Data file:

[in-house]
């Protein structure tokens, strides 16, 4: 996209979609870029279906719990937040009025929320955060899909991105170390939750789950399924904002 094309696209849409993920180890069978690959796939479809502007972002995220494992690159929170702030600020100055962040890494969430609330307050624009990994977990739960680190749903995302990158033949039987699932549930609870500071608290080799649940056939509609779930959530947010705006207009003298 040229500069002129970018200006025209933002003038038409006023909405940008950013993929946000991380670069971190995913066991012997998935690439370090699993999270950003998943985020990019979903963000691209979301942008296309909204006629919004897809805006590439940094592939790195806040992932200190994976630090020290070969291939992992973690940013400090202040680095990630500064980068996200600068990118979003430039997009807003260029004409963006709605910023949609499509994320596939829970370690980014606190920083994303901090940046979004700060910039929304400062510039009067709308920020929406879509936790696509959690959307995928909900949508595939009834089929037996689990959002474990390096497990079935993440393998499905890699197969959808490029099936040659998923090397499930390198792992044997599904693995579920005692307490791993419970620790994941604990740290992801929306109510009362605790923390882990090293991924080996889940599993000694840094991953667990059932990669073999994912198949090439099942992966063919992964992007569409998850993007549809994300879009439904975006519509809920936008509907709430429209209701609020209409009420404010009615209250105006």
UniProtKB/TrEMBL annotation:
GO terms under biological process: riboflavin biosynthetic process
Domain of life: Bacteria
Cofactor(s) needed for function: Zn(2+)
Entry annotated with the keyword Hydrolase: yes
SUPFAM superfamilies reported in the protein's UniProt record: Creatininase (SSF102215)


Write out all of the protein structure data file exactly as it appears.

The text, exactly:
[in-house]
């Protein structure tokens, strides 16, 4: 996209979609870029279906719990937040009025929320955060899909991105170390939750789950399924904002 094309696209849409993920180890069978690959796939479809502007972002995220494992690159929170702030600020100055962040890494969430609330307050624009990994977990739960680190749903995302990158033949039987699932549930609870500071608290080799649940056939509609779930959530947010705006207009003298 040229500069002129970018200006025209933002003038038409006023909405940008950013993929946000991380670069971190995913066991012997998935690439370090699993999270950003998943985020990019979903963000691209979301942008296309909204006629919004897809805006590439940094592939790195806040992932200190994976630090020290070969291939992992973690940013400090202040680095990630500064980068996200600068990118979003430039997009807003260029004409963006709605910023949609499509994320596939829970370690980014606190920083994303901090940046979004700060910039929304400062510039009067709308920020929406879509936790696509959690959307995928909900949508595939009834089929037996689990959002474990390096497990079935993440393998499905890699197969959808490029099936040659998923090397499930390198792992044997599904693995579920005692307490791993419970620790994941604990740290992801929306109510009362605790923390882990090293991924080996889940599993000694840094991953667990059932990669073999994912198949090439099942992966063919992964992007569409998850993007549809994300879009439904975006519509809920936008509907709430429209209701609020209409009420404010009615209250105006």
UniProtKB/TrEMBL annotation:
GO terms under biological process: riboflavin biosynthetic process
Domain of life: Bacteria
Cofactor(s) needed for function: Zn(2+)
Entry annotated with the keyword Hydrolase: yes
SUPFAM superfamilies reported in the protein's UniProt record: Creatininase (SSF102215)